Introduction :Establishing a business case for introducing and developing a data quality management program is often predicated on the extent to which data quality issues impact the organization and the return on the investment in data quality improvement. Today, most organizations use data in two ways: transactional/operational use (“running the business”), and analytic use (“improving the business”). When the results of analysis permeate the operational use, the organization can exploit discovered knowledge to optimize along a number of value drive dimensions.
Both usage scenarios rely on high quality information, suggesting the need for processes to ensure that data is of sufficient quality to meet all the business needs. Therefore, it is of great value to any enterprise risk management program to incorporate a program that includes processes for assessing, measuring, reporting, reacting to, and controlling different aspects of risks associated with poor data qualitysummary :While we often resort to specific examples where flawed data has led to business problems, there is frequently real evidence of hard impacts directly associated with poor quality data. Anecdotes help to motivate and raise awareness of data quality as an issue. However, developing a performance management framework that helps to identify, isolate, measure, and improve the value of data within the business contexts requires correlating business impacts with data failures and then characterizing the loss of value that is attributable to poor data quality. This requires some exploration into assembling the business case, namely: • Reviewing the types of risks and costs relating to the use of information, • Considering ways to specify data quality expectations, • Developing processes and tools for clarifying what data quality means, • Defining data validity constraints, • Measuring data quality, and • Reporting and tracking data issues. Given these aspects of measurement, one can materialize a data quality scorecard that measures data quality performance.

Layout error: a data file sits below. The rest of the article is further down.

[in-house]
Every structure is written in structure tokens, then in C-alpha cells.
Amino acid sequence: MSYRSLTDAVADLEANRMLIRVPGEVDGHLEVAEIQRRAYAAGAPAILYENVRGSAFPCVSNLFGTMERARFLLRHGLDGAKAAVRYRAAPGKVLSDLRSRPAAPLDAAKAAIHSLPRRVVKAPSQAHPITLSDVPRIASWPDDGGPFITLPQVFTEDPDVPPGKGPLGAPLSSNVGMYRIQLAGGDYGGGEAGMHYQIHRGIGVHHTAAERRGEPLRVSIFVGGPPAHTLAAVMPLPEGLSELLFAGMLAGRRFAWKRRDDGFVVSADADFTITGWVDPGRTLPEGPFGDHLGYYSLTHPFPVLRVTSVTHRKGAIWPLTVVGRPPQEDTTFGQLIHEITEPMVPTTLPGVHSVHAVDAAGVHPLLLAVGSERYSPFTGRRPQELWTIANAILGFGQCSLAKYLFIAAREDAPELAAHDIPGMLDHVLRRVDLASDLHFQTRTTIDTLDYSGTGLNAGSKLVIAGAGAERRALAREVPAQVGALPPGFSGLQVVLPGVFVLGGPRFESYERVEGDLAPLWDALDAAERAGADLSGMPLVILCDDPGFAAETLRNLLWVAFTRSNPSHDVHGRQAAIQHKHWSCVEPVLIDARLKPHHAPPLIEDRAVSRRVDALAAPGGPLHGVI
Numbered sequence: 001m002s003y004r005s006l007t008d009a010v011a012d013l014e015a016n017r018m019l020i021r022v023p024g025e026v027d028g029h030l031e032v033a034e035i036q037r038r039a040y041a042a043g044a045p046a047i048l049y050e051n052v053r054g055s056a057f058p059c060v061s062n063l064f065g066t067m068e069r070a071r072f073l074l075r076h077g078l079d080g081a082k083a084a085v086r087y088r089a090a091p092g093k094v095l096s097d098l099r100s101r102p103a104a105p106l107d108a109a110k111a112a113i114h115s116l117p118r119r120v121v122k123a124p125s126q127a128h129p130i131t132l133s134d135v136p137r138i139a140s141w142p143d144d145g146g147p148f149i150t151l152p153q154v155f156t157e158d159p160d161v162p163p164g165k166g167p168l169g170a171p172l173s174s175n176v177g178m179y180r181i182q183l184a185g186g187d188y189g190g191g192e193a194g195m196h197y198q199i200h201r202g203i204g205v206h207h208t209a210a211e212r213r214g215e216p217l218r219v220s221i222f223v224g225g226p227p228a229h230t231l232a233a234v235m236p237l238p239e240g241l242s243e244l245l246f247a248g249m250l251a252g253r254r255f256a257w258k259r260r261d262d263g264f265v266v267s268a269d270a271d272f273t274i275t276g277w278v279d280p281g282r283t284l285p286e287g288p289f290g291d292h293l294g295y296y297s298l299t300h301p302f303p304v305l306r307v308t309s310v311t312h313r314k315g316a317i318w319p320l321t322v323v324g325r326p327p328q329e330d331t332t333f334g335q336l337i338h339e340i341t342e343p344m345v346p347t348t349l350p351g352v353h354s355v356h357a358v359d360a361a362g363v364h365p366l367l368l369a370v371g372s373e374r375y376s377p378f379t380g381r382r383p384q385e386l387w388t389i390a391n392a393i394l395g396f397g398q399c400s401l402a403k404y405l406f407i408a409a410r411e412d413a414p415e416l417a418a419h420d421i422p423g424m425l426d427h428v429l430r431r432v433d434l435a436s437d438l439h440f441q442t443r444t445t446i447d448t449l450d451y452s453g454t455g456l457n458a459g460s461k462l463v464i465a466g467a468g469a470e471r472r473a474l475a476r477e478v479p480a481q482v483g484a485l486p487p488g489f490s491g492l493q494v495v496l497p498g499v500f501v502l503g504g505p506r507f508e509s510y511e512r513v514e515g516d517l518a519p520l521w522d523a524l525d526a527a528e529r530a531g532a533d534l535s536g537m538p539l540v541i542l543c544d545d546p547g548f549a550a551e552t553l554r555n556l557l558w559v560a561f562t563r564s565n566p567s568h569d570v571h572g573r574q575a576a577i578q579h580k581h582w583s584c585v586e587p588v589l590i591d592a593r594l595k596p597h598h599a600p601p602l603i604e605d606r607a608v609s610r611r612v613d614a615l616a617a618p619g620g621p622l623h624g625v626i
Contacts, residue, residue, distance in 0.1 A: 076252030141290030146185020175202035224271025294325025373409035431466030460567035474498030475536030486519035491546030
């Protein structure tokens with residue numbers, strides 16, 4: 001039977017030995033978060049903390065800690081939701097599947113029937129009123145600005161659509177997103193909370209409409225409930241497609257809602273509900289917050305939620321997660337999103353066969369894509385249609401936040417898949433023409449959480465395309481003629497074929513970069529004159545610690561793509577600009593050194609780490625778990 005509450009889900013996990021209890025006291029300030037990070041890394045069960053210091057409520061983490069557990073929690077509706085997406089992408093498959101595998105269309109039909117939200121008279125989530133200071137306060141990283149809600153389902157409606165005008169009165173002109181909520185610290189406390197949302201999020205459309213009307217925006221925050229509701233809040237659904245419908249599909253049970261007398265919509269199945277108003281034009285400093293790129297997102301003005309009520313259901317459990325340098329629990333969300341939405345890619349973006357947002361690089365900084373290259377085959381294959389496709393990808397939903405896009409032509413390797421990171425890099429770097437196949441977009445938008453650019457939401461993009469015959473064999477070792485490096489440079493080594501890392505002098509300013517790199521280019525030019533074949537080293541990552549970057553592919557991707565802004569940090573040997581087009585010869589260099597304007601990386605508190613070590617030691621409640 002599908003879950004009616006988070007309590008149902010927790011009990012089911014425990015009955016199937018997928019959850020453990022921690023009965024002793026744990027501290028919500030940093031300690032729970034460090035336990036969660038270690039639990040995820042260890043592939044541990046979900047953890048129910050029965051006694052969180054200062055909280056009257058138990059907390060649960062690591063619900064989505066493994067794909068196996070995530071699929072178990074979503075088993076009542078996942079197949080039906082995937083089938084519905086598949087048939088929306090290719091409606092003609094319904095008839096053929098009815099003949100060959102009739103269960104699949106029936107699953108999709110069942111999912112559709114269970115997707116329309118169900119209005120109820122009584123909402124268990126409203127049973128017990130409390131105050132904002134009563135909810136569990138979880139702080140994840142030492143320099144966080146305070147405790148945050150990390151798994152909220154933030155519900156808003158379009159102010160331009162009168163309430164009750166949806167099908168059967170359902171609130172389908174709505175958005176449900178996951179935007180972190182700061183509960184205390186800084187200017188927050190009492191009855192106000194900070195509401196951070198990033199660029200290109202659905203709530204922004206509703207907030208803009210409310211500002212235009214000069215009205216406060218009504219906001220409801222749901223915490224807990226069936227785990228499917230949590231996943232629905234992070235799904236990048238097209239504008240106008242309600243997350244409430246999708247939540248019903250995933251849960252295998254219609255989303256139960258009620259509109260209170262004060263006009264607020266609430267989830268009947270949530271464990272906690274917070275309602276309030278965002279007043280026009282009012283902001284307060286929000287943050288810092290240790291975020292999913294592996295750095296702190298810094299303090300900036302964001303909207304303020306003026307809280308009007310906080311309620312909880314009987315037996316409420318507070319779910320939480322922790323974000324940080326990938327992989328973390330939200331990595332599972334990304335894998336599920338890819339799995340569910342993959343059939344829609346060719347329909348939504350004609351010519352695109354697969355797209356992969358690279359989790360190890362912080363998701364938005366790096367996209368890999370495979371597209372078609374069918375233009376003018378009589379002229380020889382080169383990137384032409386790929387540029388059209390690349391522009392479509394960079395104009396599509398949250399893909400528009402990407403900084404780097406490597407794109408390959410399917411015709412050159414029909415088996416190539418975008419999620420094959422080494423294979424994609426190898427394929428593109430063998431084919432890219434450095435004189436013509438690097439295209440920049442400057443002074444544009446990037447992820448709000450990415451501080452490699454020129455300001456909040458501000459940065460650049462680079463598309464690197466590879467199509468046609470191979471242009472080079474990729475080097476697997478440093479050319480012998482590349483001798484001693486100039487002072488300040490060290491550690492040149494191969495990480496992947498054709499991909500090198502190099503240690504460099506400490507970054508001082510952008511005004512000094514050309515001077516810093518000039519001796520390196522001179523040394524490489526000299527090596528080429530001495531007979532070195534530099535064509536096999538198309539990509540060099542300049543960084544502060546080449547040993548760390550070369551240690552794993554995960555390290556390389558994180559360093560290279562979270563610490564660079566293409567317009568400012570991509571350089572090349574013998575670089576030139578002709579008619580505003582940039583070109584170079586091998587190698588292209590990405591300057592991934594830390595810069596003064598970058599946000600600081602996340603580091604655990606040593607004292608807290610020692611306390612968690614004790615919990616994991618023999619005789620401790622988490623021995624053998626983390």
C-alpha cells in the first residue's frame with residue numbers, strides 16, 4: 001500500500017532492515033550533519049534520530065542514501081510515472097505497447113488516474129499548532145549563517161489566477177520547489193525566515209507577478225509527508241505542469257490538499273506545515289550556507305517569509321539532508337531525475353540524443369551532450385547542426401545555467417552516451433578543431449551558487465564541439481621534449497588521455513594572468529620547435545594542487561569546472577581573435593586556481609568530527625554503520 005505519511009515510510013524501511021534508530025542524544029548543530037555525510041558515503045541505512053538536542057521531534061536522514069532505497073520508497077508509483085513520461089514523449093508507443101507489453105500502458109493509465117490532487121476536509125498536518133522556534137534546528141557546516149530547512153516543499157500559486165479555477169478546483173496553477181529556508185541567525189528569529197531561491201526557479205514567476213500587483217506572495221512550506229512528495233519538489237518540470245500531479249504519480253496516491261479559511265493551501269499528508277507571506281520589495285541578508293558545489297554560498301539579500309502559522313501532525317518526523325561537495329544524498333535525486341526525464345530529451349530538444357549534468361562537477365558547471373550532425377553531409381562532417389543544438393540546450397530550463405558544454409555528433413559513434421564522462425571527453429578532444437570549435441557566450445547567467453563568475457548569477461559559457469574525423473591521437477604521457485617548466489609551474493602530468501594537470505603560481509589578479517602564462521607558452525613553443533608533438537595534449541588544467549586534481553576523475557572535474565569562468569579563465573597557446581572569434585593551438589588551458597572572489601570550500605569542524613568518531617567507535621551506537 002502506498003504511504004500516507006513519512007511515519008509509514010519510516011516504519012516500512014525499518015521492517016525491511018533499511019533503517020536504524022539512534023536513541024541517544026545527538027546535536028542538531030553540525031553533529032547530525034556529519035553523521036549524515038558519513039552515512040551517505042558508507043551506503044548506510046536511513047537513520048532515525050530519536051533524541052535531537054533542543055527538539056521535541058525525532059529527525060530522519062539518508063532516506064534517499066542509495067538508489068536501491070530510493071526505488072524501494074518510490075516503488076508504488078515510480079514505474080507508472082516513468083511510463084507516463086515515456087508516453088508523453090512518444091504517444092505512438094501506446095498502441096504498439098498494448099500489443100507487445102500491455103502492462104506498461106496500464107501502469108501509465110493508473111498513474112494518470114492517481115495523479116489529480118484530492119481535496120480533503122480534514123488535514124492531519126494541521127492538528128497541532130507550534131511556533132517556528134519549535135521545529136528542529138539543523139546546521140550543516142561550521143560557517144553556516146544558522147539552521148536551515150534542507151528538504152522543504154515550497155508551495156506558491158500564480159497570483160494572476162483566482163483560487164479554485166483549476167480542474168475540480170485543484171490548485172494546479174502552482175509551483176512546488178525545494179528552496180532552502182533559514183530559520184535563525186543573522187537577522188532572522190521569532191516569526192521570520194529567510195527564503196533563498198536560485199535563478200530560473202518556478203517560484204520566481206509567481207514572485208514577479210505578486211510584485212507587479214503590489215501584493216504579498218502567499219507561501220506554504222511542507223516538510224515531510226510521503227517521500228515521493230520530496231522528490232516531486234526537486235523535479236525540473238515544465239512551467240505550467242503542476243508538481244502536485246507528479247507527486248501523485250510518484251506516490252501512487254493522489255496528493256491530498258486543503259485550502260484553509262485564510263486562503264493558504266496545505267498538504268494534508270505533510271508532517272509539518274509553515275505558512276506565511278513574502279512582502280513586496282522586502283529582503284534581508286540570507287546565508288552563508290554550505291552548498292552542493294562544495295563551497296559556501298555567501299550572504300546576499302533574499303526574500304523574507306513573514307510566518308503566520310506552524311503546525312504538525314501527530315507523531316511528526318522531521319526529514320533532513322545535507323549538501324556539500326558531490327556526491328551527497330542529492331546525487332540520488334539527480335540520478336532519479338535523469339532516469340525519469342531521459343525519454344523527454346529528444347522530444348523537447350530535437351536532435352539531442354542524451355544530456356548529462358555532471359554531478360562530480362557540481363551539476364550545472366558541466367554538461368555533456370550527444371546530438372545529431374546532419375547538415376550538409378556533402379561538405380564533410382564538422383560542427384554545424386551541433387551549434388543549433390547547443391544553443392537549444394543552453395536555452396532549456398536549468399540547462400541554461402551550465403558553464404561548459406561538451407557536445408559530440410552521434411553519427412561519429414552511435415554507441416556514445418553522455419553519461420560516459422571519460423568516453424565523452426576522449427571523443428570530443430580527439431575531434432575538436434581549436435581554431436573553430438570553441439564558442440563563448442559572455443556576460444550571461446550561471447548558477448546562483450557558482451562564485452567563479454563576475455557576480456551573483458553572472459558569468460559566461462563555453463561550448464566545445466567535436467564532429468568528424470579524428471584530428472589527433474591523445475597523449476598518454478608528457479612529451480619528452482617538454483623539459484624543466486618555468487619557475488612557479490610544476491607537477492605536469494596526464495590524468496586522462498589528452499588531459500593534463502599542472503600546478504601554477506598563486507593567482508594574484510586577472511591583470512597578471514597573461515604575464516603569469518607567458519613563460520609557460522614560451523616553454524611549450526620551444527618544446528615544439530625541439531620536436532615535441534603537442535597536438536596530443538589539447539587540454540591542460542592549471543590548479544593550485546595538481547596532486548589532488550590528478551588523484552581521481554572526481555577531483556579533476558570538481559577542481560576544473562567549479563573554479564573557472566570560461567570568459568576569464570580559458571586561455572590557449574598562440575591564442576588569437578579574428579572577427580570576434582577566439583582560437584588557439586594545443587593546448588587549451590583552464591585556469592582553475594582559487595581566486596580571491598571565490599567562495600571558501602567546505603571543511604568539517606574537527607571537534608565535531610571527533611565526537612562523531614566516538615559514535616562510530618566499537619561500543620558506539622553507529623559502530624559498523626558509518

conclusion :The objective of designing a business impact hierarchy for data quality issues is two-fold. First, incrementally classifying impacts into small pieces for analysis makes determining how poor data quality impacts our business processes a much more manageable task. Second, the categorical hierarchy of impact areas will naturally map to future performance reporting structure for gauging improvement. As one identifies where poor data quality impacts the business, one also can identify we will also be identifying where data quality improvement will improve the business, and this provides a solid framework for quantifying measurable performance metrics that will eventually be used to craft key data quality performance indicators.
When a new discipline emerges, it usually takes some time and a great deal of academic discussion before concepts and terms become standardized. Text mining is one such new discipline. In a groundbreaking article, Untangling text data mining, Hearst (1999) tackled the problem of clarifying text-mining concepts and terminology. This article is aimed at building on Hearst’s ideas by pointing out some inconsistencies and inaccuracies and suggesting an improved and extended categorization of data-mining and text-mining approaches. Until recently, computer scientists and information system specialists concentrated on the discovery of knowledge from structured, numerical databases and data warehouses. However, much, if not the majority, of available business data are captured in text files that are not overtly structured, for example memoranda and journal articles that are available electronically. Bibliographic databases may contain overtly structured fields, openUP (July 2007) such as author, title, date and publisher, as well as free text, such as an abstract or even full text. The discovery of knowledge from database sources containing free text is called ‘text mining’.
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